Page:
non-Price Risks

Historical Simulations

• Model Assumptions

• Building a Historical Simulation

• Incorporating Correlation in an Historical Simulation

• Advantages/Disadvantages of the Historical Approach

Monte Carlo Simulations

• Creating Random Price Paths

• Analyzing Distribution of Price-Path Outcomes

• Monte Carlo for Aggregating Multiple Risks

• Advantages/Disadvantages of Monte Carlo Methods

• Monte Carlo vs. Historic Method

• Aggregating Volumetric and Price Risks Using Monte Carlo

Using Historical Approach with Monte Carlo Methods

• For Single Risk VaR/EaR

• For Multiple Risk VaR/EaR

Using Risk Simulations to Evaluate Hedges Beforehand

• Evaluating alternative hedge strategies

• Advantages of simulation methods

• Differences between EaR and VaR with option hedges

• Modeling binary asymmetries in EaR models

• Limitations of EaR

Stress Testing

• Identifying Model Risk

• Divergence of Future Events from Historic Pattern

• “Fat Tails”

• Energy Stress Factors

Day 3

Credit Risk Metrics

Characteristics of Energy Credit Risk

• Uncertain exposure amounts

• High volatility

• Weak counterparties & sector concentration

Nonperformance Risk

• Insolvency

• Enforceability of contracts & suitability

• Political/regulatory risk

• Force majeure & “price” majeure

Risk Metrics in Credit Analysis

• Current and potential exposures

• Credit exposure vs. credit risk

• Using CVaR to measure maximum potential exposure

Capital at Risk (CaR)

• The concept of CaR

• Pricing capital requirements in a transaction

Credit Quality Metrics

• Relating credit ratings to default probability

• Ratings migration

• Marginal vs. cumulative default probabilities

• Expected recovery rate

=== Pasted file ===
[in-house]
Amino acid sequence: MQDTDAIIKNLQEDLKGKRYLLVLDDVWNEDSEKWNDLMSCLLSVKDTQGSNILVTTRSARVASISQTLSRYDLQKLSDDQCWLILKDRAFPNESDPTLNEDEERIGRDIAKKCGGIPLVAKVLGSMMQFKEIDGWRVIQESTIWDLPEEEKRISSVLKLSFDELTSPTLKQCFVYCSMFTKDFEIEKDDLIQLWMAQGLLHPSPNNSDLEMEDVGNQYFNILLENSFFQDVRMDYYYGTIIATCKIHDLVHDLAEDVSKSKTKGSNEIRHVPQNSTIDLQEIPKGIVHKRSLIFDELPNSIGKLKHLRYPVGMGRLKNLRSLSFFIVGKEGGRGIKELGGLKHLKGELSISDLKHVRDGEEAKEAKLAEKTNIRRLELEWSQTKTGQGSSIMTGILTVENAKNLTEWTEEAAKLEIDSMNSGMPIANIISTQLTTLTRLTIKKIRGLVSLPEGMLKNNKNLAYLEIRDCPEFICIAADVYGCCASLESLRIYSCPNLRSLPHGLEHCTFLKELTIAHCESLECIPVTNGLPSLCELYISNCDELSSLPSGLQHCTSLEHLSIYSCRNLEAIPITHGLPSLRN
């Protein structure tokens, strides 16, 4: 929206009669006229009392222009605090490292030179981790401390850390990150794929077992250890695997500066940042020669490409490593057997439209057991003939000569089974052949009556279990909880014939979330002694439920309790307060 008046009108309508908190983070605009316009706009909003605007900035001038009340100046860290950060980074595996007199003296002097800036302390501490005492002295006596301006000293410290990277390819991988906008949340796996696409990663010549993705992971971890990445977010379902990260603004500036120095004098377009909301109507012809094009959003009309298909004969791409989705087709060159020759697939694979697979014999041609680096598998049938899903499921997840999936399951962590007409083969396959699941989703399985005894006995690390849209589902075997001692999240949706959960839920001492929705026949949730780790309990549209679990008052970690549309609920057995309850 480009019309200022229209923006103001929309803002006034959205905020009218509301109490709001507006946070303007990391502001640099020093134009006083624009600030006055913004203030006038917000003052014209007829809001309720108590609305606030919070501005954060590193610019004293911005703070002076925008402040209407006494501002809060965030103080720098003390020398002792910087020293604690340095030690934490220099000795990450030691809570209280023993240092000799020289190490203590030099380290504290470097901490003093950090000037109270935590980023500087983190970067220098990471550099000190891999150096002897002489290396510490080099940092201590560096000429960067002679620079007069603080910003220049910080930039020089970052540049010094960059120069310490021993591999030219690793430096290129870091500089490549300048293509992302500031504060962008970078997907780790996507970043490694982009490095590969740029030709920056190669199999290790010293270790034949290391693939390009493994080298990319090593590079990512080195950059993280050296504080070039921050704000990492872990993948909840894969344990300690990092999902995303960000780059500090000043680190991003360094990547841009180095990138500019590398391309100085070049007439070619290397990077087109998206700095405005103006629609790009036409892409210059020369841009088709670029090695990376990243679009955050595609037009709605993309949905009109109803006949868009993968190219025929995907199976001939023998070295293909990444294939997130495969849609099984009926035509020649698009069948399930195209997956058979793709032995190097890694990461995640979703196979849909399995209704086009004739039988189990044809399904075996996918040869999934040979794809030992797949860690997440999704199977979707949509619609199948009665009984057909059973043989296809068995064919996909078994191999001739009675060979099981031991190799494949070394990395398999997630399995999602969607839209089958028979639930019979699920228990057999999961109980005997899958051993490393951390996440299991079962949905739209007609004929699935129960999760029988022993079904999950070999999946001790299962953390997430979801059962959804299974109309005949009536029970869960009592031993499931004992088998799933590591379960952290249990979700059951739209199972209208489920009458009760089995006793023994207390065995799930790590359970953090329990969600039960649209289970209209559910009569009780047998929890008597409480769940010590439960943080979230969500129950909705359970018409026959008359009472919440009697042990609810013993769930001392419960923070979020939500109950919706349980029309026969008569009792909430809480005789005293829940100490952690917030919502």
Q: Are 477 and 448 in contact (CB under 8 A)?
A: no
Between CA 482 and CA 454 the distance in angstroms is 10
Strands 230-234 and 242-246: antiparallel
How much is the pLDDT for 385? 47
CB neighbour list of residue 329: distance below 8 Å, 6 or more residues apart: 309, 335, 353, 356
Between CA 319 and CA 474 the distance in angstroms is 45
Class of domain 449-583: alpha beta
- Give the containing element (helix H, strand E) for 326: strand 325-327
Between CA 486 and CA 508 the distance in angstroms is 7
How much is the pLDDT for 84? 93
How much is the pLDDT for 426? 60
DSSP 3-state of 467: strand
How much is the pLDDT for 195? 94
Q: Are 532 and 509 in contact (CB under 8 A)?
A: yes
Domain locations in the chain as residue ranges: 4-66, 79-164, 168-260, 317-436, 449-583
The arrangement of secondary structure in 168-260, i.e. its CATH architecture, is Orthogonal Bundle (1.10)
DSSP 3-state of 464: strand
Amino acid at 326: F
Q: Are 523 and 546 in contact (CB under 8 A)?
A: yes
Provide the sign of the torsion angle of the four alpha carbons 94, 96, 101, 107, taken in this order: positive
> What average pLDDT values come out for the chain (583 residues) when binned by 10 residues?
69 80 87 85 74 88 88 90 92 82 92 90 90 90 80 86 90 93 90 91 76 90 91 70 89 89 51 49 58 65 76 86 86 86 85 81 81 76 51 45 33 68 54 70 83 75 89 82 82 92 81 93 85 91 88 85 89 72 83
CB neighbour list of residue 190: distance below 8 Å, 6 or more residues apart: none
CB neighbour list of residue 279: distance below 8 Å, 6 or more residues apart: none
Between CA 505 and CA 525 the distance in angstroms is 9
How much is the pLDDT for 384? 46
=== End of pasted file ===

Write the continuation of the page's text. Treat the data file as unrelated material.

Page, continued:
Credit Scoring

• Sourcing information

• Credit scoring vs. rating agencies

• Analyzing spreads in bond yields

• Using market spreads to measure credit risk

• Credit derivative pricing as a risk measure

Credit Risk Management

Calculating CVaR

• Components in calculating credit value at risk (CVaR)

• Impact of holding period on CVaR

• The profile of CVaR for term contracts

• Aggregating credit exposures

• Using marginal default rates with time buckets

Aggregating Price Risks and Credit Risks

• Portfolio diversification effects

• Price correlation

• Jointly supported credits and credit uplift

• Correlation of default probabilities

Mitigating Credit Risk

Netting and Risk Offsets

• Transactional netting

• Netting default claims

• Bilateral netting

• “Cherry picking”

• Cross-affiliate netting

Multilateral Netting

• Clearing

• Margining

• The clearinghouse: advantages and limitations

Unwinding Risk Positions

• Reversing transactions

• Buyouts and assignments

• Credit Risk in unwinding structures

• Managing credit exposure under netting

• Reliability of netted exposures as a risk measure

Credit Risk Mitigation Tools

• Bank stand-by letters of credit & guarantees

• Intermediation/sleeving

• Margins and margin triggers

• Establishing margin thresholds

• New transaction with negative correlation

• Periodic pricing resets to market

• Bond puts

• Default swaps and options